Sunday, January 22, 2012

A Year of Sundays - ch 8 pt 1

Chapter 8 – Sunday June 19

Part 1 of 4

I kept telling myself that I'd been too busy to get a chance to read any of Mom's journals. But somehow I'd managed to read three or four books since Mom died, so the truth was probably more that I was simply putting it off.

They were in a box under my bed, and sometimes when I woke during the night I could think of nothing else. Like they were calling to me. "Jessie… we're waiting for you…" Which was funny, in a way, because I could think of nothing my mom would hate more than all us kids nosing into her private business – and what could possibly be more private than a journal?

On the other hand – she'd had plenty of time to destroy them if she'd wanted to. A fireplace in which to burn them even. I picked one out of the box one evening, planning to dive right in, but just holding it gave me guilt – had me peering over my shoulder into dark corners, nerves on edge, listening for the familiar stern mom-voice, "Jessie – what are you doing poking around in my things?"

I wanted to read them because there was stuff I wanted to know about. I mean, I could be holding an entire family history in my hands, but if I kept avoiding them no one would ever know.

But I was going to browse through at least one journal. Today.

Before meeting my siblings for Sacred Sunday.

I reached into the box.

Mom wrote in cursive, in long loose spiraling loops, that took a few seconds to get used to, the physical look of the writing style giving the writing its own brand of romanticism.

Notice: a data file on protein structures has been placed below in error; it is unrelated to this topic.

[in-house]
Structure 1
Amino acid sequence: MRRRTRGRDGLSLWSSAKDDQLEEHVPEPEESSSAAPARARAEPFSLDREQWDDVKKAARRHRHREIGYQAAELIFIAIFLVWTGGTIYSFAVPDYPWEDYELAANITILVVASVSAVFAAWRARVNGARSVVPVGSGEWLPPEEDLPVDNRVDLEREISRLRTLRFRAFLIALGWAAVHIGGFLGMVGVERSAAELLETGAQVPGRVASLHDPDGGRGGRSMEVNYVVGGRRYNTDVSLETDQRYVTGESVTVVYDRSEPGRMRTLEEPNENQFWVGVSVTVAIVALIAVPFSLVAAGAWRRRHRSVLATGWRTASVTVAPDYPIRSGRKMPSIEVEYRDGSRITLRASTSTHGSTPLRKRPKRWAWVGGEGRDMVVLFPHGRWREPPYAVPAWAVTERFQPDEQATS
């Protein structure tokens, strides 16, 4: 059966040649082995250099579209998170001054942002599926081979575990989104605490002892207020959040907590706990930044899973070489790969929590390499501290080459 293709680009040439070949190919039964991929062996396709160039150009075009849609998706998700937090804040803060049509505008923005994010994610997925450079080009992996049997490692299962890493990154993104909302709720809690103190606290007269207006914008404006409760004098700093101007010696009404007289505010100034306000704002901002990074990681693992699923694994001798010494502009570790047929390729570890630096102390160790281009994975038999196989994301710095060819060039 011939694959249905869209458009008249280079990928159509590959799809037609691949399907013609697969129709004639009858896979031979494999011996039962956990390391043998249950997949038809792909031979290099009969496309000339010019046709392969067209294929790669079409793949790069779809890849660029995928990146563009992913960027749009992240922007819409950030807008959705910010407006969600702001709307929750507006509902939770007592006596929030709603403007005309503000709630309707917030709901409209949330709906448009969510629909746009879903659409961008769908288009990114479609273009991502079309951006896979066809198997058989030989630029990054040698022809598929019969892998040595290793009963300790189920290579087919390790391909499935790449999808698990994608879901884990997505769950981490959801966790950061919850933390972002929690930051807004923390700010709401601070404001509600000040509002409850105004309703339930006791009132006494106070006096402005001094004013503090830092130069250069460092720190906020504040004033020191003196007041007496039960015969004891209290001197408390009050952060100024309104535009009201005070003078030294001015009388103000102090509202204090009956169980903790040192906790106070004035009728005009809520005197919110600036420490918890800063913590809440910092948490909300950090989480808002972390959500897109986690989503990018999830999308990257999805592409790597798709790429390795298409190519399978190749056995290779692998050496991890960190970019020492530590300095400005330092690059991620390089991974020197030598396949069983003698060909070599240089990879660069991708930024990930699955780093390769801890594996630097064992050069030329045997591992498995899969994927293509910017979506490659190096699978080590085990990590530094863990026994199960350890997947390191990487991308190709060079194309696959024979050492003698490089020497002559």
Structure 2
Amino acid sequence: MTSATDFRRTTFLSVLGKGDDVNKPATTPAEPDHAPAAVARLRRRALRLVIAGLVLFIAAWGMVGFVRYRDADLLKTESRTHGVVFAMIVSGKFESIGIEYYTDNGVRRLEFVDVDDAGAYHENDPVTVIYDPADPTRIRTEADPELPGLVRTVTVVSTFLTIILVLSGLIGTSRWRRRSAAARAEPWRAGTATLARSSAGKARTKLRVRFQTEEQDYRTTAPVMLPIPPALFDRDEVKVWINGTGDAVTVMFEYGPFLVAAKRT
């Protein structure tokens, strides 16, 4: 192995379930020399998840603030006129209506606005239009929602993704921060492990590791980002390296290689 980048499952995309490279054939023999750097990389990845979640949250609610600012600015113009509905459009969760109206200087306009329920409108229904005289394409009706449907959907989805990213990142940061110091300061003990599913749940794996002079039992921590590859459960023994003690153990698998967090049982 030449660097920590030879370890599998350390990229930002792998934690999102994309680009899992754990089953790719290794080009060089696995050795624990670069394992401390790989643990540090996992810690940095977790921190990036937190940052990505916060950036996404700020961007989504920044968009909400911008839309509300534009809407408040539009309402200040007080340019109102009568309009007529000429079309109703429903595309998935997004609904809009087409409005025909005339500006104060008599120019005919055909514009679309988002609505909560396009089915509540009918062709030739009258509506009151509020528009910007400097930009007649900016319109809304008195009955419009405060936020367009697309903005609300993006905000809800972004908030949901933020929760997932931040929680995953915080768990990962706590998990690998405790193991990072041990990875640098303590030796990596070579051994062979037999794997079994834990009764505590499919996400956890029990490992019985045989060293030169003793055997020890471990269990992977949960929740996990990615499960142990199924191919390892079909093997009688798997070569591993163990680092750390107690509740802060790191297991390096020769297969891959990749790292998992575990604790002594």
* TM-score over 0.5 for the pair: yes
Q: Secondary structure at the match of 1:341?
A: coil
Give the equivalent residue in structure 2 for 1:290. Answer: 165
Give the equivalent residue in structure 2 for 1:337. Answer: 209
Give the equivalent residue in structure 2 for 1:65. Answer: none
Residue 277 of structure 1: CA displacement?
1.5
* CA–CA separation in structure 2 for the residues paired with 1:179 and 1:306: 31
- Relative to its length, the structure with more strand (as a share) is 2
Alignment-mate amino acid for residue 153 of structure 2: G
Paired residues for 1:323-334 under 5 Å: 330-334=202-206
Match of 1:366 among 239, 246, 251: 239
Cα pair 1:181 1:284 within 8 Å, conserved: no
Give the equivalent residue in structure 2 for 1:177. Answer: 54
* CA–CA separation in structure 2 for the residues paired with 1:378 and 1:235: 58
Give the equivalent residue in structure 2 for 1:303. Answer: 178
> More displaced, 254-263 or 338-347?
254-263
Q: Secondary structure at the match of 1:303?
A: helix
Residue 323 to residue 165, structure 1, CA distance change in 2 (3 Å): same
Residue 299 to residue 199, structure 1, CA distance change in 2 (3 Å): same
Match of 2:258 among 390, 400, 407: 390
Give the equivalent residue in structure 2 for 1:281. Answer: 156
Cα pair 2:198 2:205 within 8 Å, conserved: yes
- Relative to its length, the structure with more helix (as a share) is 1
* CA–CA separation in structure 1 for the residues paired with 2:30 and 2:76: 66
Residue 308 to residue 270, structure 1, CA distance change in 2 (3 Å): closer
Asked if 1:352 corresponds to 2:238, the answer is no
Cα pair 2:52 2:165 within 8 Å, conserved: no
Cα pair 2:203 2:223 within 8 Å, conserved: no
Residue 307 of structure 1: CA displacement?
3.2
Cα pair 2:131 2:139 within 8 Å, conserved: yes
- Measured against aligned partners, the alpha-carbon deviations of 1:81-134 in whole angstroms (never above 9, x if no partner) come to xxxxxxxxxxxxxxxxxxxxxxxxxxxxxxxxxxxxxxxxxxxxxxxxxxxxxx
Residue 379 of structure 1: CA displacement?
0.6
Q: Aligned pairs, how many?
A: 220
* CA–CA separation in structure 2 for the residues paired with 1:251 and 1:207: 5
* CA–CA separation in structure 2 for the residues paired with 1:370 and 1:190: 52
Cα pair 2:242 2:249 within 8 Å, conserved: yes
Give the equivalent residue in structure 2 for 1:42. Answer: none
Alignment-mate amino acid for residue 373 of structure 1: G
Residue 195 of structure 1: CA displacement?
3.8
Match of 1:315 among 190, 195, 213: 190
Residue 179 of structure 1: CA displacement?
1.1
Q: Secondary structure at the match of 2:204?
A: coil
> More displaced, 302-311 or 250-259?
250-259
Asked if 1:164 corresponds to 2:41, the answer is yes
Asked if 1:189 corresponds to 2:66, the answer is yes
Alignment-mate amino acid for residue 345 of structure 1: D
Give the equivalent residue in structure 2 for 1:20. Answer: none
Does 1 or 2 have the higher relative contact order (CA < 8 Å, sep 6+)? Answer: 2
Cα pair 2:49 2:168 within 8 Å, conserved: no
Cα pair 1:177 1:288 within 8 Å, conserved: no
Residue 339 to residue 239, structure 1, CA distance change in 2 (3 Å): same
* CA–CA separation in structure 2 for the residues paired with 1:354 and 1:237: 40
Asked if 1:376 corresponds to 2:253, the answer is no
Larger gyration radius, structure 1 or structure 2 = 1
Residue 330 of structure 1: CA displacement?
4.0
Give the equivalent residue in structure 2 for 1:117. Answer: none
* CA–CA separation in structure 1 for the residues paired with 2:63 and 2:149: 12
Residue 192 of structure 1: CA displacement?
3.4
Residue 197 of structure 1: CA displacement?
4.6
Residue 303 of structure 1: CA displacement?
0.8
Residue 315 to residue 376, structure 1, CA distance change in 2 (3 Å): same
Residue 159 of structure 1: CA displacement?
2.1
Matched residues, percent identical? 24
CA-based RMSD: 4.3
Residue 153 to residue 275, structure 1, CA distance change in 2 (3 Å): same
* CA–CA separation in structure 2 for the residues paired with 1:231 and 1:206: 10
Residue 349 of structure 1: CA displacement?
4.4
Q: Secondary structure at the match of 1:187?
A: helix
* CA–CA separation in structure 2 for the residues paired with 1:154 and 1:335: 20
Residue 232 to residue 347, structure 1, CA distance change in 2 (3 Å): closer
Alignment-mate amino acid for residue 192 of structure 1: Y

Melanie always had an extra-special spark. I never thought mothers were supposed to notice such things, but I did. It was hard not to notice. Strangers often approached the family specifically to admire her, touch her hair, and give her trinkets just to see her smile.

The other children couldn’t help but noticed the special attention, of course they did, and while I think Elizabeth was jealous sometimes, Jessamine was always willing to join in the fawning admiration, her eyes big and round, her agreeable nods sincere. Jessie lived inside Mellie's beauty, as surely as Mellie lived it. And Mellie, bless her sweet little heart, was always generous with her sisters, the older and the younger.

If she was given a beautiful ribbon for her hair, she would bestow it upon her older sister, Elizabeth, almost immediately. "You have the most beautiful hair, Lizzie, and this ribbon suits you."

A dainty bracelet she would give to Jessamine with kind words. "You're so pretty, sissy, delicate like this bracelet. It would look better on you than on me, and it's so much more your color."

Josie, of course, hadn't been born yet. Wasn't born actually until long after Mellie was lost, and by that time she was so clearly the spoiled baby she might never have noticed, anyway.

If Melanie had spark, Elizabeth was always our serious child. Well, Silas, of course, turned into our serious child, but initially it was Elizabeth. She watched over everyone with eyes as solemn as her sense of responsibility about being the oldest girl. Sometimes I thought she watched over her sisters more carefully than I did. And yet, however serious, she never complained, never seemed burdened. Just centered and content. She was a slow-to-smile child, pious beyond her few years, and a faithful follower of Christ by first grade. And that never changed.